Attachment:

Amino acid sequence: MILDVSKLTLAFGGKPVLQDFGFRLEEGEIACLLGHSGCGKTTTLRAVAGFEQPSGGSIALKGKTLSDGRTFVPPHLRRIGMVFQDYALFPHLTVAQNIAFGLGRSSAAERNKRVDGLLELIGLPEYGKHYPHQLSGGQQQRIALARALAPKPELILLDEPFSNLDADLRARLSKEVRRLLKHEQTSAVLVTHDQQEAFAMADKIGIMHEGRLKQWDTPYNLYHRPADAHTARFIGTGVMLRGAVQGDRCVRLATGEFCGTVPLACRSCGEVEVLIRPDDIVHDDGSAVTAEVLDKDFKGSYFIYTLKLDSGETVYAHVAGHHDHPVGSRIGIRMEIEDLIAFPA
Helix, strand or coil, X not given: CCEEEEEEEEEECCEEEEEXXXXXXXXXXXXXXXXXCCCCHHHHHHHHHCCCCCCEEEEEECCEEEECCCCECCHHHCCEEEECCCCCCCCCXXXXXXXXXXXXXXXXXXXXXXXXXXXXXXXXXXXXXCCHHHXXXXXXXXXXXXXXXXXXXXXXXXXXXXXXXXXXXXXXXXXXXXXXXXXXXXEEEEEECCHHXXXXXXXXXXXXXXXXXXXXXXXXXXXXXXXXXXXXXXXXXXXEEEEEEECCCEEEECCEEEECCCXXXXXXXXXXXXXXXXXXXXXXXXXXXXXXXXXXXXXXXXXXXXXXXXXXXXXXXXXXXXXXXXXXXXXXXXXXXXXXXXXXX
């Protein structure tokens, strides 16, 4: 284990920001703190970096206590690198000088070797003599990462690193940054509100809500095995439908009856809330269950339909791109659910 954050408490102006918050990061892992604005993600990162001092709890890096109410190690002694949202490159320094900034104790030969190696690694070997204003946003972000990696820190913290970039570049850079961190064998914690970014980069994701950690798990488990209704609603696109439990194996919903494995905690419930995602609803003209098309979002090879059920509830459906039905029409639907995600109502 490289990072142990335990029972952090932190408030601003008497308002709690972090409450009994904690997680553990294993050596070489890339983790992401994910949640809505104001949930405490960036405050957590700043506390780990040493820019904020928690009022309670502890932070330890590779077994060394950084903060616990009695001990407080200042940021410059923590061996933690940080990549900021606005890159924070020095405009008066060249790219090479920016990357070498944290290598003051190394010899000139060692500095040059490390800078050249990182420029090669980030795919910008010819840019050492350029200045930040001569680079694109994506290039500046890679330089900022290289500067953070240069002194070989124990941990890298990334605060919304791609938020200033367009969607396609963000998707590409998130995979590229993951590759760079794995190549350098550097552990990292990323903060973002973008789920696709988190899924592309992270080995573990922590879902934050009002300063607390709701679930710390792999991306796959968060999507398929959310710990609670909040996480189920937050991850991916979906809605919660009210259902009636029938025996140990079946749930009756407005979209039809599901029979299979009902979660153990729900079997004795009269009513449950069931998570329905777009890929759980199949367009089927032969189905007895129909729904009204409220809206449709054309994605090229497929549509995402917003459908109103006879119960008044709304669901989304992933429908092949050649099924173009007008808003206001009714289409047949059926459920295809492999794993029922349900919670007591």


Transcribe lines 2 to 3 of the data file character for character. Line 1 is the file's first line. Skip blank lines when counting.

Helix, strand or coil, X not given: CCEEEEEEEEEECCEEEEEXXXXXXXXXXXXXXXXXCCCCHHHHHHHHHCCCCCCEEEEEECCEEEECCCCECCHHHCCEEEECCCCCCCCCXXXXXXXXXXXXXXXXXXXXXXXXXXXXXXXXXXXXXCCHHHXXXXXXXXXXXXXXXXXXXXXXXXXXXXXXXXXXXXXXXXXXXXXXXXXXXXEEEEEECCHHXXXXXXXXXXXXXXXXXXXXXXXXXXXXXXXXXXXXXXXXXXXEEEEEEECCCEEEECCEEEECCCXXXXXXXXXXXXXXXXXXXXXXXXXXXXXXXXXXXXXXXXXXXXXXXXXXXXXXXXXXXXXXXXXXXXXXXXXXXXXXXXXXX
């Protein structure tokens, strides 16, 4: 284990920001703190970096206590690198000088070797003599990462690193940054509100809500095995439908009856809330269950339909791109659910 954050408490102006918050990061892992604005993600990162001092709890890096109410190690002694949202490159320094900034104790030969190696690694070997204003946003972000990696820190913290970039570049850079961190064998914690970014980069994701950690798990488990209704609603696109439990194996919903494995905690419930995602609803003209098309979002090879059920509830459906039905029409639907995600109502 490289990072142990335990029972952090932190408030601003008497308002709690972090409450009994904690997680553990294993050596070489890339983790992401994910949640809505104001949930405490960036405050957590700043506390780990040493820019904020928690009022309670502890932070330890590779077994060394950084903060616990009695001990407080200042940021410059923590061996933690940080990549900021606005890159924070020095405009008066060249790219090479920016990357070498944290290598003051190394010899000139060692500095040059490390800078050249990182420029090669980030795919910008010819840019050492350029200045930040001569680079694109994506290039500046890679330089900022290289500067953070240069002194070989124990941990890298990334605060919304791609938020200033367009969607396609963000998707590409998130995979590229993951590759760079794995190549350098550097552990990292990323903060973002973008789920696709988190899924592309992270080995573990922590879902934050009002300063607390709701679930710390792999991306796959968060999507398929959310710990609670909040996480189920937050991850991916979906809605919660009210259902009636029938025996140990079946749930009756407005979209039809599901029979299979009902979660153990729900079997004795009269009513449950069931998570329905777009890929759980199949367009089927032969189905007895129909729904009204409220809206449709054309994605090229497929549509995402917003459908109103006879119960008044709304669901989304992933429908092949050649099924173009007008808003206001009714289409047949059926459920295809492999794993029922349900919670007591």